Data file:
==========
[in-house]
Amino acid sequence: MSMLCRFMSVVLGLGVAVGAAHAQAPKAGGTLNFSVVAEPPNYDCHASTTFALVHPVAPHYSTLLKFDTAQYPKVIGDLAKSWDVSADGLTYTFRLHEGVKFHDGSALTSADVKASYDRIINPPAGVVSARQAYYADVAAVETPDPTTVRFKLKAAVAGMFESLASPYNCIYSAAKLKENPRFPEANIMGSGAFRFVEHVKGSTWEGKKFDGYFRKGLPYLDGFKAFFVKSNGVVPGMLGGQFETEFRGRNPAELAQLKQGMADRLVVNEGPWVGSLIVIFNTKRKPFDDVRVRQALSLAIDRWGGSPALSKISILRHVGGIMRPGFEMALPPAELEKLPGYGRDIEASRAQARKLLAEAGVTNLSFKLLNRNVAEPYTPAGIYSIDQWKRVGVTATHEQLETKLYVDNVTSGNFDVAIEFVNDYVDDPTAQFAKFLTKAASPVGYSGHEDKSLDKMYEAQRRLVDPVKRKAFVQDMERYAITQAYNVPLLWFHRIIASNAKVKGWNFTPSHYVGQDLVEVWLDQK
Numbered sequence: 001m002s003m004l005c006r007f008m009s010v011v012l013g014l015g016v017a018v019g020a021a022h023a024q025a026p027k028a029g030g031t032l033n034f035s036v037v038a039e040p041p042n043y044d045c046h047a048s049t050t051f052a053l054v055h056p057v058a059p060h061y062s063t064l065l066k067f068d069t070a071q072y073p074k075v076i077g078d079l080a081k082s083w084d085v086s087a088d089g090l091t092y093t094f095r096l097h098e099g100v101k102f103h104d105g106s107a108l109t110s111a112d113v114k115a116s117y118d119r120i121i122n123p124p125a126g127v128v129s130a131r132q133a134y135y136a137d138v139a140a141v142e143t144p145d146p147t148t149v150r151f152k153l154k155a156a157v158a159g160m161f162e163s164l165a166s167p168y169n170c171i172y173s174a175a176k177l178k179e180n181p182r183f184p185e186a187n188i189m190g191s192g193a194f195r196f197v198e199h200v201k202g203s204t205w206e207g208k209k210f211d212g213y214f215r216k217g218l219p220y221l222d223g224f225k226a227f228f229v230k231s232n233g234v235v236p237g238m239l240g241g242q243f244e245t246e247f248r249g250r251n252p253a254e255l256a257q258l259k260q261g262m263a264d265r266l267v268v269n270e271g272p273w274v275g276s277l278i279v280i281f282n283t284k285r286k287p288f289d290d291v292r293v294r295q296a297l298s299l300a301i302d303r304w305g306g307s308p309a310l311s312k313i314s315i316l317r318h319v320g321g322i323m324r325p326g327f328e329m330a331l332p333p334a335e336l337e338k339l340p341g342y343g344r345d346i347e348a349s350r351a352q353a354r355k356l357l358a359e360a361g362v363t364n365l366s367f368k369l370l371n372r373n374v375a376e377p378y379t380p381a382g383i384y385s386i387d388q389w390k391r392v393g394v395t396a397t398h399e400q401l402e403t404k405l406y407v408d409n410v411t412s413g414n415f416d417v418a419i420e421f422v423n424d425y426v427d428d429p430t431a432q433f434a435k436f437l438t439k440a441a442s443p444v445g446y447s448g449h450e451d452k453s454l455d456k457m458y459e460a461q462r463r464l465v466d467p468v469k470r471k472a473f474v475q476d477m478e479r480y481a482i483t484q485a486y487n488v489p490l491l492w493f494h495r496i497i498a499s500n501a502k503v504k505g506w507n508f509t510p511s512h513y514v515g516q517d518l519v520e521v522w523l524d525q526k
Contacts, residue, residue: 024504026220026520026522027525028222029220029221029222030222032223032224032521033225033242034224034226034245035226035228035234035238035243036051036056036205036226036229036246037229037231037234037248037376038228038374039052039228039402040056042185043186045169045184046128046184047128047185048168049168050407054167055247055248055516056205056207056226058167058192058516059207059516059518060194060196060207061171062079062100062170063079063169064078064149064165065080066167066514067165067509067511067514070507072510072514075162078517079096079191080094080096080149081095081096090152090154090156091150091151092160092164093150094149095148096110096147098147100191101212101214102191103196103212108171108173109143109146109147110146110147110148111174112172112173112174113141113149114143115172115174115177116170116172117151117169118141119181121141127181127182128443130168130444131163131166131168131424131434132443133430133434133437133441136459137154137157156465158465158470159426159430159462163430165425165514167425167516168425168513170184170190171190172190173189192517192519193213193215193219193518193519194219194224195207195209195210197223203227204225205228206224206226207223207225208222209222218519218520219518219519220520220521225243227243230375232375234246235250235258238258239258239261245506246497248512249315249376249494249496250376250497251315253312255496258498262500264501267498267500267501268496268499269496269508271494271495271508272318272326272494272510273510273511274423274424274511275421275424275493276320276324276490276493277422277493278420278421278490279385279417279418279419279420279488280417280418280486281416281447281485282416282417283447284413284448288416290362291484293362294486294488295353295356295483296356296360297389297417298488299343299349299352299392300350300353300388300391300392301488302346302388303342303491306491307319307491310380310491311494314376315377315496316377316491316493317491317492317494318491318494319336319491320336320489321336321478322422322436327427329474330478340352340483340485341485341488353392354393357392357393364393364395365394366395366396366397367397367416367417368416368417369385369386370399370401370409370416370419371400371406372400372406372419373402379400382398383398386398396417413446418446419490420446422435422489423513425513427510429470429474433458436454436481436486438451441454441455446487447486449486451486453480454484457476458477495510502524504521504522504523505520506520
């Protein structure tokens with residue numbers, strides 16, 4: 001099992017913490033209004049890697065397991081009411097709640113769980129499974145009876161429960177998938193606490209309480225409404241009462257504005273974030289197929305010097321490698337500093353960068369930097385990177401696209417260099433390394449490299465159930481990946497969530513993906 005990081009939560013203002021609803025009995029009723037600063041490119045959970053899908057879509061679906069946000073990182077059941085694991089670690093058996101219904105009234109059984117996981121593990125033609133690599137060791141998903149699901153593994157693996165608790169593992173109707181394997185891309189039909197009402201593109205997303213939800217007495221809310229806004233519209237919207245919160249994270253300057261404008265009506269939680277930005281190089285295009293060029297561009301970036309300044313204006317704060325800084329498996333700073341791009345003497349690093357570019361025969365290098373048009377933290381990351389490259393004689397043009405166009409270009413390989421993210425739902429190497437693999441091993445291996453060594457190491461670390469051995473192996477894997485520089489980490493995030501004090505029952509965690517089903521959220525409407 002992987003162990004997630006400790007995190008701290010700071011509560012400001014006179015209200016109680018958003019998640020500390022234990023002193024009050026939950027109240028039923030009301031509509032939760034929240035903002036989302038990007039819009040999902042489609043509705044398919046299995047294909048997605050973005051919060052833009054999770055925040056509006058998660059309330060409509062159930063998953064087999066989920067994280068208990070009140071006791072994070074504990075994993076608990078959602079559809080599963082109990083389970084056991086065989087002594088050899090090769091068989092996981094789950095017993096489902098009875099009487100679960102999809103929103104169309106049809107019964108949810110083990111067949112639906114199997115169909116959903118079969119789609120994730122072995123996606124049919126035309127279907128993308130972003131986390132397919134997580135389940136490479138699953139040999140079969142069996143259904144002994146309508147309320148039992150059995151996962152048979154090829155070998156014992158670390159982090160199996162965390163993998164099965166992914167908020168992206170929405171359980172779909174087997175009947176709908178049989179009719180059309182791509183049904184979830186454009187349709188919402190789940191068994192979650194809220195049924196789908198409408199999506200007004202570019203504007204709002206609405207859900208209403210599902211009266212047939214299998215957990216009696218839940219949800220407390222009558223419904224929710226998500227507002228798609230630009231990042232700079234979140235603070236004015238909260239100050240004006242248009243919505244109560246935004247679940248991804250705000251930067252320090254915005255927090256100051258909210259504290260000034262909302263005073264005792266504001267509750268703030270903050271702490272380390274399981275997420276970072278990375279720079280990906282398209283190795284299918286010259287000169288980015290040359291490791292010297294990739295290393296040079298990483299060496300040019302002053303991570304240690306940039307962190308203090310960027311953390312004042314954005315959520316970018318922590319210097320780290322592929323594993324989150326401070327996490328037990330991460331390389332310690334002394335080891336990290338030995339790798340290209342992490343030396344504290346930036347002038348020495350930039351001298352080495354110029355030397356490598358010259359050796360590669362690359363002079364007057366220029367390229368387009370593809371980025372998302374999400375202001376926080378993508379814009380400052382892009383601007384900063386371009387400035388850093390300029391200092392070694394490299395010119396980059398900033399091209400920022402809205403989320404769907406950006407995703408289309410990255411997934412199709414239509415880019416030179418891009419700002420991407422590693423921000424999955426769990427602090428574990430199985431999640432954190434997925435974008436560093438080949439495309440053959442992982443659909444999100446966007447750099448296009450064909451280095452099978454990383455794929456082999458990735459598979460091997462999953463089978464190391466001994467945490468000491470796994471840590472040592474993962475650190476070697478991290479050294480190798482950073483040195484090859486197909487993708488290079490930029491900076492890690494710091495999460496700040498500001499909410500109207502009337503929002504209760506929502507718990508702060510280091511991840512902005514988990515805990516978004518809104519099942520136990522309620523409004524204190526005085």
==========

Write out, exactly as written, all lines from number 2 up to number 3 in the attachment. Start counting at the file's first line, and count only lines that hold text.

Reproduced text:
Amino acid sequence: MSMLCRFMSVVLGLGVAVGAAHAQAPKAGGTLNFSVVAEPPNYDCHASTTFALVHPVAPHYSTLLKFDTAQYPKVIGDLAKSWDVSADGLTYTFRLHEGVKFHDGSALTSADVKASYDRIINPPAGVVSARQAYYADVAAVETPDPTTVRFKLKAAVAGMFESLASPYNCIYSAAKLKENPRFPEANIMGSGAFRFVEHVKGSTWEGKKFDGYFRKGLPYLDGFKAFFVKSNGVVPGMLGGQFETEFRGRNPAELAQLKQGMADRLVVNEGPWVGSLIVIFNTKRKPFDDVRVRQALSLAIDRWGGSPALSKISILRHVGGIMRPGFEMALPPAELEKLPGYGRDIEASRAQARKLLAEAGVTNLSFKLLNRNVAEPYTPAGIYSIDQWKRVGVTATHEQLETKLYVDNVTSGNFDVAIEFVNDYVDDPTAQFAKFLTKAASPVGYSGHEDKSLDKMYEAQRRLVDPVKRKAFVQDMERYAITQAYNVPLLWFHRIIASNAKVKGWNFTPSHYVGQDLVEVWLDQK
Numbered sequence: 001m002s003m004l005c006r007f008m009s010v011v012l013g014l015g016v017a018v019g020a021a022h023a024q025a026p027k028a029g030g031t032l033n034f035s036v037v038a039e040p041p042n043y044d045c046h047a048s049t050t051f052a053l054v055h056p057v058a059p060h061y062s063t064l065l066k067f068d069t070a071q072y073p074k075v076i077g078d079l080a081k082s083w084d085v086s087a088d089g090l091t092y093t094f095r096l097h098e099g100v101k102f103h104d105g106s107a108l109t110s111a112d113v114k115a116s117y118d119r120i121i122n123p124p125a126g127v128v129s130a131r132q133a134y135y136a137d138v139a140a141v142e143t144p145d146p147t148t149v150r151f152k153l154k155a156a157v158a159g160m161f162e163s164l165a166s167p168y169n170c171i172y173s174a175a176k177l178k179e180n181p182r183f184p185e186a187n188i189m190g191s192g193a194f195r196f197v198e199h200v201k202g203s204t205w206e207g208k209k210f211d212g213y214f215r216k217g218l219p220y221l222d223g224f225k226a227f228f229v230k231s232n233g234v235v236p237g238m239l240g241g242q243f244e245t246e247f248r249g250r251n252p253a254e255l256a257q258l259k260q261g262m263a264d265r266l267v268v269n270e271g272p273w274v275g276s277l278i279v280i281f282n283t284k285r286k287p288f289d290d291v292r293v294r295q296a297l298s299l300a301i302d303r304w305g306g307s308p309a310l311s312k313i314s315i316l317r318h319v320g321g322i323m324r325p326g327f328e329m330a331l332p333p334a335e336l337e338k339l340p341g342y343g344r345d346i347e348a349s350r351a352q353a354r355k356l357l358a359e360a361g362v363t364n365l366s367f368k369l370l371n372r373n374v375a376e377p378y379t380p381a382g383i384y385s386i387d388q389w390k391r392v393g394v395t396a397t398h399e400q401l402e403t404k405l406y407v408d409n410v411t412s413g414n415f416d417v418a419i420e421f422v423n424d425y426v427d428d429p430t431a432q433f434a435k436f437l438t439k440a441a442s443p444v445g446y447s448g449h450e451d452k453s454l455d456k457m458y459e460a461q462r463r464l465v466d467p468v469k470r471k472a473f474v475q476d477m478e479r480y481a482i483t484q485a486y487n488v489p490l491l492w493f494h495r496i497i498a499s500n501a502k503v504k505g506w507n508f509t510p511s512h513y514v515g516q517d518l519v520e521v522w523l524d525q526k